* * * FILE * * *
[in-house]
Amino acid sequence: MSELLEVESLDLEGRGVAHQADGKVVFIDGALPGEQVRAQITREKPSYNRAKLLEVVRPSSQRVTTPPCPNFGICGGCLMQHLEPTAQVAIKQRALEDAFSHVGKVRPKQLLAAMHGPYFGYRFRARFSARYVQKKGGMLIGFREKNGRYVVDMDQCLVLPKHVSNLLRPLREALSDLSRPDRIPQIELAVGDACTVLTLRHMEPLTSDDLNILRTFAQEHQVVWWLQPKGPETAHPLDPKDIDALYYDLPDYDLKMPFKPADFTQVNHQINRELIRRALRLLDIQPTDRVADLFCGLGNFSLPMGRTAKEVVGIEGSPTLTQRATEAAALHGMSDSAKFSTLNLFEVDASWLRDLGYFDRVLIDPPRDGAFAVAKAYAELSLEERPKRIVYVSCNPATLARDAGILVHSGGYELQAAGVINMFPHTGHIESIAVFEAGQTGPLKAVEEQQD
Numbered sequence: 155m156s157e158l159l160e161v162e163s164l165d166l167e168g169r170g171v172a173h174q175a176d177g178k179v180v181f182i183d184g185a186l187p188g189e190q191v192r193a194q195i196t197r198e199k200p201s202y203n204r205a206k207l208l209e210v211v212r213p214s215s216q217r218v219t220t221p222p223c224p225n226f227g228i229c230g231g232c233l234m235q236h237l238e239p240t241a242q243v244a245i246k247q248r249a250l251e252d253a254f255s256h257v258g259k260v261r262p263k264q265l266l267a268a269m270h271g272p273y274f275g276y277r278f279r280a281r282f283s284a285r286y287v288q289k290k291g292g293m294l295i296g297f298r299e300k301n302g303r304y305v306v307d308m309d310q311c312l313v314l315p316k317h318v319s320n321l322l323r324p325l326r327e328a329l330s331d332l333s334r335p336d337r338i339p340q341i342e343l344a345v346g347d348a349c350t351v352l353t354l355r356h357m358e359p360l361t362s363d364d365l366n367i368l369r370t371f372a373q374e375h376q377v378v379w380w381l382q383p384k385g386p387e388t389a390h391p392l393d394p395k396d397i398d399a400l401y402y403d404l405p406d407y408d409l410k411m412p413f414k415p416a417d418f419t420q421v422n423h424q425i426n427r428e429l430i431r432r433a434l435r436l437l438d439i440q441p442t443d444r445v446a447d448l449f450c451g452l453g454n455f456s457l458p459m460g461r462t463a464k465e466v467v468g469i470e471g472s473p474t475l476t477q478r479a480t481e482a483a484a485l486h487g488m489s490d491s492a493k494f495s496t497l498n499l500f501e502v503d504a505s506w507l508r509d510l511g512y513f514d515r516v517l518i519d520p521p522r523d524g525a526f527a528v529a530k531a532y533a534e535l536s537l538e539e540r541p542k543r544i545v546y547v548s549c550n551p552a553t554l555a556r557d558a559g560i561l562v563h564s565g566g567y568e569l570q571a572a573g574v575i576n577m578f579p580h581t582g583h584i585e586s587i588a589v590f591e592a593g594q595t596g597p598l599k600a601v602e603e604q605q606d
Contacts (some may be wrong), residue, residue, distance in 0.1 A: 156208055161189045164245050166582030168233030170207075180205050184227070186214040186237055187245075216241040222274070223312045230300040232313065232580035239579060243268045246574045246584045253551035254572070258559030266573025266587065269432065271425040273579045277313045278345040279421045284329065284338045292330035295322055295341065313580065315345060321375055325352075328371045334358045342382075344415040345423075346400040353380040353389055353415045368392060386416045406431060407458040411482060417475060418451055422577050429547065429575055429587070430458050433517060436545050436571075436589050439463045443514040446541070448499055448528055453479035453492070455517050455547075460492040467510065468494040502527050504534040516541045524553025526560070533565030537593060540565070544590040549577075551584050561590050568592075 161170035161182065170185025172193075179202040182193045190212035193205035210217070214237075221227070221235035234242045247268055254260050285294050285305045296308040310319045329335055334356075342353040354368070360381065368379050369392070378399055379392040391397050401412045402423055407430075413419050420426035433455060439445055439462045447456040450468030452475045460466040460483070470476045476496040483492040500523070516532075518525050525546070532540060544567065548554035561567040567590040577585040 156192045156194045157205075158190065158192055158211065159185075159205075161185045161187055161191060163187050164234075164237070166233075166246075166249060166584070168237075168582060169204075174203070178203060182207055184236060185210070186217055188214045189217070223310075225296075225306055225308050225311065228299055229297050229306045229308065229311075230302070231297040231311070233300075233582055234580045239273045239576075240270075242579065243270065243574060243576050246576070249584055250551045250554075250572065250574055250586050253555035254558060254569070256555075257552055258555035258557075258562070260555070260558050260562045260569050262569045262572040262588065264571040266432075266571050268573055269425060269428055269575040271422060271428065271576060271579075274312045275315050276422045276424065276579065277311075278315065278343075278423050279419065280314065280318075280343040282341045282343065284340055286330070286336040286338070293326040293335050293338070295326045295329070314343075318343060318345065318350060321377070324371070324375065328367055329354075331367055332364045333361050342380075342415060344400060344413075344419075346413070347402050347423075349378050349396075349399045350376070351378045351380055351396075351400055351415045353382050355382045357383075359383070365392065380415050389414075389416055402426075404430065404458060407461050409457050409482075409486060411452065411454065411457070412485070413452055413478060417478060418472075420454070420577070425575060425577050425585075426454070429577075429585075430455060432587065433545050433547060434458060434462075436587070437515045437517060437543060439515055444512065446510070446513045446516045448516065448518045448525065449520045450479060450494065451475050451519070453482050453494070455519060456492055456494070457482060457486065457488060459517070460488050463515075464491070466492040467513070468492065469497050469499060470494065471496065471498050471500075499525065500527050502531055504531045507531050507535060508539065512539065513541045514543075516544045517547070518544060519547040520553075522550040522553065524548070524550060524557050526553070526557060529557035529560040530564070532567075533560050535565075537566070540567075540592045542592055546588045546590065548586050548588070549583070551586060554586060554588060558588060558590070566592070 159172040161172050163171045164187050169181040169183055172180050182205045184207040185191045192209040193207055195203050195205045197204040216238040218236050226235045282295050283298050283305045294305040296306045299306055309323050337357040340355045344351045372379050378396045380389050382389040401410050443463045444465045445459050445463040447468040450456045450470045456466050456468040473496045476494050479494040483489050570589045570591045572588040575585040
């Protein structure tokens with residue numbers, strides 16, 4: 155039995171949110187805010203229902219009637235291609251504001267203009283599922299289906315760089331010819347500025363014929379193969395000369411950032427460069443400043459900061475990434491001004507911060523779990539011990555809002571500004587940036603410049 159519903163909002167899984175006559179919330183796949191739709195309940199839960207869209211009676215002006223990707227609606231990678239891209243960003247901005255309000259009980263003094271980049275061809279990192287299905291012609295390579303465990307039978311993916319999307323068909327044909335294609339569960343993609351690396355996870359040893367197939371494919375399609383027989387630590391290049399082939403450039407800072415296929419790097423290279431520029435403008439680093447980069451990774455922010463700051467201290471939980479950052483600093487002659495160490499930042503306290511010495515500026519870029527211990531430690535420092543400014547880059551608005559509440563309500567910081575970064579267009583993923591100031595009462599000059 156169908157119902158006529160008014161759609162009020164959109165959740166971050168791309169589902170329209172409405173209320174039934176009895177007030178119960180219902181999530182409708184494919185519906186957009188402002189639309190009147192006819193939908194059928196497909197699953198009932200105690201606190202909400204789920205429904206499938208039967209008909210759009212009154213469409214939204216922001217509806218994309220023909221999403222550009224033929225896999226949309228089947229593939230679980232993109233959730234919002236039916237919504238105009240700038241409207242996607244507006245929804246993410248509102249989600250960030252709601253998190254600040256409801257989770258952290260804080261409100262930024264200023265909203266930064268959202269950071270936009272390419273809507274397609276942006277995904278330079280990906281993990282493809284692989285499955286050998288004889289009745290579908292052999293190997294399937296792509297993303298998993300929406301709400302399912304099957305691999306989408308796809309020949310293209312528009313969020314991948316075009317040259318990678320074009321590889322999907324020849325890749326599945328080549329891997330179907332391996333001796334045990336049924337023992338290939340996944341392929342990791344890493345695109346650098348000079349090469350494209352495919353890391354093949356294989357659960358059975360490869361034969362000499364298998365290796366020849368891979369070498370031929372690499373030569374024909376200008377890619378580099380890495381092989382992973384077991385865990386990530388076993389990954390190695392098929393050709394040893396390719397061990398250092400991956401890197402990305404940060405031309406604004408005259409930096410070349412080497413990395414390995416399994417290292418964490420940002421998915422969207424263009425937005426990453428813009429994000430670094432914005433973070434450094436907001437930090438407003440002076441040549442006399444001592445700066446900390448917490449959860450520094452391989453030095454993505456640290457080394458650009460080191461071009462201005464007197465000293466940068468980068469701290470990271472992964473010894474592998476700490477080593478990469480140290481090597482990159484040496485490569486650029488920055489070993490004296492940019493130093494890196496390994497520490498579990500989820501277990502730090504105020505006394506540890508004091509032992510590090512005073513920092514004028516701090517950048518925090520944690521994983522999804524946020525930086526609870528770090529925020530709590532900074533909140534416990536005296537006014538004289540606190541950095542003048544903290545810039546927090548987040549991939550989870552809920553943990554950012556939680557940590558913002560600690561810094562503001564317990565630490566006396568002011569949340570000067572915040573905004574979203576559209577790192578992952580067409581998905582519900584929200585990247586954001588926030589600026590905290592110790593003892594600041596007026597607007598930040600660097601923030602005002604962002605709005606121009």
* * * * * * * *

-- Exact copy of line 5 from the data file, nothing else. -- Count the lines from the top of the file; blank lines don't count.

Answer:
């Protein structure tokens with residue numbers, strides 16, 4: 155039995171949110187805010203229902219009637235291609251504001267203009283599922299289906315760089331010819347500025363014929379193969395000369411950032427460069443400043459900061475990434491001004507911060523779990539011990555809002571500004587940036603410049 159519903163909002167899984175006559179919330183796949191739709195309940199839960207869209211009676215002006223990707227609606231990678239891209243960003247901005255309000259009980263003094271980049275061809279990192287299905291012609295390579303465990307039978311993916319999307323068909327044909335294609339569960343993609351690396355996870359040893367197939371494919375399609383027989387630590391290049399082939403450039407800072415296929419790097423290279431520029435403008439680093447980069451990774455922010463700051467201290471939980479950052483600093487002659495160490499930042503306290511010495515500026519870029527211990531430690535420092543400014547880059551608005559509440563309500567910081575970064579267009583993923591100031595009462599000059 156169908157119902158006529160008014161759609162009020164959109165959740166971050168791309169589902170329209172409405173209320174039934176009895177007030178119960180219902181999530182409708184494919185519906186957009188402002189639309190009147192006819193939908194059928196497909197699953198009932200105690201606190202909400204789920205429904206499938208039967209008909210759009212009154213469409214939204216922001217509806218994309220023909221999403222550009224033929225896999226949309228089947229593939230679980232993109233959730234919002236039916237919504238105009240700038241409207242996607244507006245929804246993410248509102249989600250960030252709601253998190254600040256409801257989770258952290260804080261409100262930024264200023265909203266930064268959202269950071270936009272390419273809507274397609276942006277995904278330079280990906281993990282493809284692989285499955286050998288004889289009745290579908292052999293190997294399937296792509297993303298998993300929406301709400302399912304099957305691999306989408308796809309020949310293209312528009313969020314991948316075009317040259318990678320074009321590889322999907324020849325890749326599945328080549329891997330179907332391996333001796334045990336049924337023992338290939340996944341392929342990791344890493345695109346650098348000079349090469350494209352495919353890391354093949356294989357659960358059975360490869361034969362000499364298998365290796366020849368891979369070498370031929372690499373030569374024909376200008377890619378580099380890495381092989382992973384077991385865990386990530388076993389990954390190695392098929393050709394040893396390719397061990398250092400991956401890197402990305404940060405031309406604004408005259409930096410070349412080497413990395414390995416399994417290292418964490420940002421998915422969207424263009425937005426990453428813009429994000430670094432914005433973070434450094436907001437930090438407003440002076441040549442006399444001592445700066446900390448917490449959860450520094452391989453030095454993505456640290457080394458650009460080191461071009462201005464007197465000293466940068468980068469701290470990271472992964473010894474592998476700490477080593478990469480140290481090597482990159484040496485490569486650029488920055489070993490004296492940019493130093494890196496390994497520490498579990500989820501277990502730090504105020505006394506540890508004091509032992510590090512005073513920092514004028516701090517950048518925090520944690521994983522999804524946020525930086526609870528770090529925020530709590532900074533909140534416990536005296537006014538004289540606190541950095542003048544903290545810039546927090548987040549991939550989870552809920553943990554950012556939680557940590558913002560600690561810094562503001564317990565630490566006396568002011569949340570000067572915040573905004574979203576559209577790192578992952580067409581998905582519900584929200585990247586954001588926030589600026590905290592110790593003892594600041596007026597607007598930040600660097601923030602005002604962002605709005606121009």